Chris Spedding is a special character in the history of English rock of the 70s is somehow the most visible musicians and rock stars more discreet, still right in the middle, centrist total, neither white nor black, perfect gray. At least that's what we can conclude listening to albums of his solo career, a career that began in 1970 with the album "Backwood progression.
Born in Derbyshire June 17, 1944, raised in Sheffield and Birmingham by adoptive parents, Chris Spedding embrace a musical career in the late 60s by joining the Battered Ornaments, jazz and rock group led by the legendary Pete Brown, poet, Cream lyricist and future host Piblokto, interesting English progressive rock band in the early 70s. when Brown left the Battered Ornaments, they enter in a phase of decay, and one that we sense as savior Chris Spedding. Guitarist gifted jazzman who is also coach at Nucleus, Spedding can only note that the Battered Ornaments do not want to continue the adventure or even enjoy free recording hours available to them at the famous Abbey Road Studios in London.
As the group is still bound to a contract Harvest label, Chris Spedding is alone on board with Abbey Road sessions to the eye and an obligation to put out a record as soon as possible. It is these circumstances that give rise to the first solo album by Spedding, "Backwood progression." But the good Chris is primarily a musician accompanying a shark studio that will also be found a part of his career on this lucrative business. As he has never written a single song before the album he jumped into the water and made a dozen titles for the occasion.
Solo artist and composer default, Chris Spedding is going to deliver a decent album but completely outside the trade routes of the time it released. Neither hard nor soft, neither experimental nor commercial, nor adventurous nor nerdy, neither aggressive nor soft nor provocative preservatives or rock or jazz or prog or psych, or anything or everything, in short, completely neutral, "Backwood progress" door its name: One step forward, one step back but in the end, something that can defy time with an album to consistent quality, without exaggeration or weakness, balanced on allowing federate various tastes .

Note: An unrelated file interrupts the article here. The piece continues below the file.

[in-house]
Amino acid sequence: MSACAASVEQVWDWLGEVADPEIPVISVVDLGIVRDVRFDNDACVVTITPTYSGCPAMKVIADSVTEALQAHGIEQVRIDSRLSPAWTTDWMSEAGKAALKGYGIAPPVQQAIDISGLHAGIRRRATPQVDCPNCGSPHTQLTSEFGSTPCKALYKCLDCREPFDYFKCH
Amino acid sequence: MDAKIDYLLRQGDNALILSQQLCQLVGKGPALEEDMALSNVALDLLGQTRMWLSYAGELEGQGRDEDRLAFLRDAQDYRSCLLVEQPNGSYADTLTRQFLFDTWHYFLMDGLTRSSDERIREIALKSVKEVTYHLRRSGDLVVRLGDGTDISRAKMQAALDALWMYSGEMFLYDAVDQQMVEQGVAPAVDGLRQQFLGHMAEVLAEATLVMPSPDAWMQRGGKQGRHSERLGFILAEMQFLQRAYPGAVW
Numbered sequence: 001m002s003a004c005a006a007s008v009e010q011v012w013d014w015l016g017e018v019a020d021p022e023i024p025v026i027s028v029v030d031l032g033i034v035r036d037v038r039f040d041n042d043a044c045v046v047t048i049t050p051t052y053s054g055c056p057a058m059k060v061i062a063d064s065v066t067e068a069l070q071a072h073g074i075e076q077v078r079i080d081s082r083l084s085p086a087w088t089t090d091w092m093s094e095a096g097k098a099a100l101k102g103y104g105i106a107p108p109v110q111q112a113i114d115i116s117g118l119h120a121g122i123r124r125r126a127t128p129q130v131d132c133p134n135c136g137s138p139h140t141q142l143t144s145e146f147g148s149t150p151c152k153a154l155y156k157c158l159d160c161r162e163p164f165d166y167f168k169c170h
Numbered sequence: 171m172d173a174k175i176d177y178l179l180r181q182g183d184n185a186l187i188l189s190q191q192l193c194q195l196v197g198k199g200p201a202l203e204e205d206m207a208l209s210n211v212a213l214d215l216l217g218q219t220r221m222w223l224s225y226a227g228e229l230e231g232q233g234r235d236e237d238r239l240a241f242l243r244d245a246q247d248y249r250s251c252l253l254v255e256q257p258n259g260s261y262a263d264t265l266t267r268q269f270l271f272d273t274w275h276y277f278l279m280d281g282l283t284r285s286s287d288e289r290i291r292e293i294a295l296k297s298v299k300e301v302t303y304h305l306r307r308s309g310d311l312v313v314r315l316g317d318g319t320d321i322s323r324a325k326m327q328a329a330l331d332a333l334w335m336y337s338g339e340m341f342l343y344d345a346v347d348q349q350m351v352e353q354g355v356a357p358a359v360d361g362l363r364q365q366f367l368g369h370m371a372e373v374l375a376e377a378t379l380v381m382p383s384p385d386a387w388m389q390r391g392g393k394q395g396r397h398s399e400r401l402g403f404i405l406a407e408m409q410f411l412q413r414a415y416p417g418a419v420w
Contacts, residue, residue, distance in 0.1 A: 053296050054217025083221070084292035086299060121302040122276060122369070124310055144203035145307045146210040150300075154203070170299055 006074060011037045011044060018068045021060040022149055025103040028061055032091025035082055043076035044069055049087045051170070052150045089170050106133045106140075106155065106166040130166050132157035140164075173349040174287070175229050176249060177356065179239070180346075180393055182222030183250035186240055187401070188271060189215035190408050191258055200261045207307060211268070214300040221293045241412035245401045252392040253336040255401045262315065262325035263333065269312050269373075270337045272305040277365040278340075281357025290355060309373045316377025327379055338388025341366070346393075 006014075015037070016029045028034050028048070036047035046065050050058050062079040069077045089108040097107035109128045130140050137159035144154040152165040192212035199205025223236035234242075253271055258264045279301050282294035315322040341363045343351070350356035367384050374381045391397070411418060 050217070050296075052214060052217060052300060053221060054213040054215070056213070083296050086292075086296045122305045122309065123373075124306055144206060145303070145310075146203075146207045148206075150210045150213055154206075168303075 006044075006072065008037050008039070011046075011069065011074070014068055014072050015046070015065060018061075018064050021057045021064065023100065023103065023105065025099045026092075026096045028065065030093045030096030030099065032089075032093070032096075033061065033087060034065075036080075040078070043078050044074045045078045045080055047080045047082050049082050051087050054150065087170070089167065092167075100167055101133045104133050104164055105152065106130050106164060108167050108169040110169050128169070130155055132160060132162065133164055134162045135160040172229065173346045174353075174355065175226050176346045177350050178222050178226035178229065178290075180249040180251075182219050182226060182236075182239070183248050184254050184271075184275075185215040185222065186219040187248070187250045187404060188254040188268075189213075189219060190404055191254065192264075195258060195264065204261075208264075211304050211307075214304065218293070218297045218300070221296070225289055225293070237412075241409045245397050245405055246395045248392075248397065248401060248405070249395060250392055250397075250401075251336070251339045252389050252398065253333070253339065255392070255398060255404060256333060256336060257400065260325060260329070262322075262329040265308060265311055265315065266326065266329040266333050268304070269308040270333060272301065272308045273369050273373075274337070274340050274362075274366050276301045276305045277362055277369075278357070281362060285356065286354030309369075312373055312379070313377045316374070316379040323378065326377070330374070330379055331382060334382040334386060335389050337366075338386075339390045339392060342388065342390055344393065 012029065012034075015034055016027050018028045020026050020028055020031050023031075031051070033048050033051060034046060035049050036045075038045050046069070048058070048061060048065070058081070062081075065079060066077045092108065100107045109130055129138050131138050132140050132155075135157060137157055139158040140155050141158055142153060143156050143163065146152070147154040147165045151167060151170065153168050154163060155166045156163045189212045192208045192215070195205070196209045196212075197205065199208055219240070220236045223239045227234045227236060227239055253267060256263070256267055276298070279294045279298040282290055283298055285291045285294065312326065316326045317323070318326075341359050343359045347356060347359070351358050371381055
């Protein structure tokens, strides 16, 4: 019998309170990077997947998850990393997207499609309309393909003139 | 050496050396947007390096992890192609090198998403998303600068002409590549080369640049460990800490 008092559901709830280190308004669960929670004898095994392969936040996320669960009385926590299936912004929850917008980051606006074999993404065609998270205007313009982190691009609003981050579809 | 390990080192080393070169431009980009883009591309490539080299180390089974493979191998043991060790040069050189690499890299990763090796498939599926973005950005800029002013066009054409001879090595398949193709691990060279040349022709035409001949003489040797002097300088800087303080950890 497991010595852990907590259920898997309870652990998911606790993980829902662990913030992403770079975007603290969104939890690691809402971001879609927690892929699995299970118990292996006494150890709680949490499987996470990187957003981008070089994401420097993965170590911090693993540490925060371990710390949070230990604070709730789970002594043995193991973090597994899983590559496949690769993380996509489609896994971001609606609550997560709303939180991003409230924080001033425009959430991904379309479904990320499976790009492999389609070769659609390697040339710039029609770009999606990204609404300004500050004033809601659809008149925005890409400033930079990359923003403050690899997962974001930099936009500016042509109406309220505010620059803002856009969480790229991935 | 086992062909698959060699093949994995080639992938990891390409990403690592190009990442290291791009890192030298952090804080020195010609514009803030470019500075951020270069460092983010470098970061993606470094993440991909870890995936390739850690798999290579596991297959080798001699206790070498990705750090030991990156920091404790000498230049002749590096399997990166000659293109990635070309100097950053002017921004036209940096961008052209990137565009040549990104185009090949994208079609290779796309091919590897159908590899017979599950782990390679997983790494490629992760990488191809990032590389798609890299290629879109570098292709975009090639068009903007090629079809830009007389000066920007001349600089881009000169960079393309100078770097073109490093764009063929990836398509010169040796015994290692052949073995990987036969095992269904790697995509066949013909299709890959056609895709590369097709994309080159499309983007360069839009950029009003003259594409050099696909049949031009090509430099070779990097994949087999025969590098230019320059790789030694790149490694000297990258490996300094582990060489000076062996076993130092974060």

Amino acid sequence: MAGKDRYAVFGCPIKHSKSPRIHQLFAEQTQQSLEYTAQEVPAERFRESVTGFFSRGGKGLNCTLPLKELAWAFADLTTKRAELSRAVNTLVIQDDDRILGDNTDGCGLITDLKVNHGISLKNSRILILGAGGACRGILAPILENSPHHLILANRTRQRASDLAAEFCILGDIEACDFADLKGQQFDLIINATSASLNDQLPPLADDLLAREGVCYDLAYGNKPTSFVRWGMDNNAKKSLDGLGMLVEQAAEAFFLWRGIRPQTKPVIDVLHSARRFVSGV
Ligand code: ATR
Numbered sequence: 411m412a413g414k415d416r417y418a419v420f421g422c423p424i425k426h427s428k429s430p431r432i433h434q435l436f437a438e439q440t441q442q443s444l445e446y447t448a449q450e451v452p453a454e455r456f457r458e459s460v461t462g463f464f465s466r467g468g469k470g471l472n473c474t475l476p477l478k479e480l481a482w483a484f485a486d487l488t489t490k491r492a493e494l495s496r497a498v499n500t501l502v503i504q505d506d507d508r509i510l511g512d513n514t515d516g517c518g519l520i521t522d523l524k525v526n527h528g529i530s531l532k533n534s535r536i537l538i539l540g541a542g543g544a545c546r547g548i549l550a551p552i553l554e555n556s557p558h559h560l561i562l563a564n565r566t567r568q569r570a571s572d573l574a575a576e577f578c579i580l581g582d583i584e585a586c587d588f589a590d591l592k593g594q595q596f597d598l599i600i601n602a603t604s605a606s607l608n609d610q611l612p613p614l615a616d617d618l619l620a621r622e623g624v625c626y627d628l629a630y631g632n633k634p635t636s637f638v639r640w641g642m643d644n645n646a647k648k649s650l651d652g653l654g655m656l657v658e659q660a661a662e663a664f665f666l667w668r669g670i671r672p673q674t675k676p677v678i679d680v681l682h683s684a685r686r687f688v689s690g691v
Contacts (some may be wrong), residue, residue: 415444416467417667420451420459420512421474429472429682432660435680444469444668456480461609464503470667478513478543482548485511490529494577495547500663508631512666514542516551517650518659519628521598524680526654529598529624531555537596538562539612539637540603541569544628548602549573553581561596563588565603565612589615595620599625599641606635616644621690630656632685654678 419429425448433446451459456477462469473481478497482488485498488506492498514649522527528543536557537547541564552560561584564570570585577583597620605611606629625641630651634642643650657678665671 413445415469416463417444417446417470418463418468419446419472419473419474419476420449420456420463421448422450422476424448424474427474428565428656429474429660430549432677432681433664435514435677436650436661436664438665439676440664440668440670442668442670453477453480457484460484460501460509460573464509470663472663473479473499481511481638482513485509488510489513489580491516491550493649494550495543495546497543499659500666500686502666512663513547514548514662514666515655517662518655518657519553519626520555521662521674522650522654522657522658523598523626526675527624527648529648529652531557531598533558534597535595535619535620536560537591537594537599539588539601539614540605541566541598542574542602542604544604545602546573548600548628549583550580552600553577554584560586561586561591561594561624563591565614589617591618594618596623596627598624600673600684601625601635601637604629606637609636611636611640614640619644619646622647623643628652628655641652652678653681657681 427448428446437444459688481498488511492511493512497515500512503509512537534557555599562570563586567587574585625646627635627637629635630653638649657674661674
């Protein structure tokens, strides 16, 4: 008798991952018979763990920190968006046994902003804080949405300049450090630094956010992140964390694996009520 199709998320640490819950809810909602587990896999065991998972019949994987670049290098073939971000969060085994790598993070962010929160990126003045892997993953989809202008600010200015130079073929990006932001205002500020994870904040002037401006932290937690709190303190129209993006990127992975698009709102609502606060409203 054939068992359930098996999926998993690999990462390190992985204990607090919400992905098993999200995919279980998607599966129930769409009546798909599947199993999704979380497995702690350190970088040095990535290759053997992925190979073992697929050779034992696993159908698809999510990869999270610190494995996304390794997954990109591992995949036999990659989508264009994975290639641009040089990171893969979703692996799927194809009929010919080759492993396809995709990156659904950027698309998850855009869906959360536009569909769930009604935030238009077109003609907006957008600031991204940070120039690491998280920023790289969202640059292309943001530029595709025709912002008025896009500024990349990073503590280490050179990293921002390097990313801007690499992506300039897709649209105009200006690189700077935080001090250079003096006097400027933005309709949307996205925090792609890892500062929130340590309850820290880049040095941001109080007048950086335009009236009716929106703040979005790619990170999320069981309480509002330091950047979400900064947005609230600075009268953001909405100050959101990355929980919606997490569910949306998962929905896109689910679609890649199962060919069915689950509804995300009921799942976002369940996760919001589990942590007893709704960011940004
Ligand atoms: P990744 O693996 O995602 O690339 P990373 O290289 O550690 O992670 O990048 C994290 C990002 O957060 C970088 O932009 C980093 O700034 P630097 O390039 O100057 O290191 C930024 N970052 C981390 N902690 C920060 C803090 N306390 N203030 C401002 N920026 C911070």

Without knowing it, without want it, Chris Spedding commits good album par excellence, one that will produce no tub, the one the rock critics fail to catch, as it is without bumps. Chris Spedding shows "Please Mrs. Henry" Bob Dylan, in a friendly version. And the most remarkable is when he refers to the condition of a session musician, with a "Session Man" which allows him to copy several styles of guitar (Jimmy Nolen Ritchie Havens), something that he happily emerge in 1976 on his song "Guitar jamboree" where he likes to copy lots of famous musicians. For it may be that, Chris Spedding: a great imitator, a guitarist who can do many things, and can truly forge his own style.
by François Becquart
1. For What We Are About To Hear - 2:29
2. Backwood Progression - 3:44
3. Words Don't Come - 1:47
4. The Hill - 3:28
5. You Can See - 5:19
6. Session Man - 1:28
7. Please Mrs. Henry (Bob Dylan) - 2:19
8. The Soldiers And The Goodtime Girls - 3:58
9. Ought To Be A Law - 2:30
10.She's My Friend - 3:10
11.Should The Occasion Arise (Roger Potter) - 2:15
12.Never Carry More Than You Can Eat - 2:26
13.Backwood Theme - 2:05
All songs by Chris Spedding except where stated
*Chris Spedding - Vocals, Guitars
*Roy Babbington - Bass
*Laurie Allan - Drums
*Paul Abrahams - Organ
*Royston Mitchell – Piano, Harmonium, Backing Vocals
*Frank Ricotti - Conga
1972 Chris Spedding - The Only Lick I Know
1977 Chris Spedding - Hurt
1975-77 Chris Spedding - Chris Spedding (2013 Audiophile edition)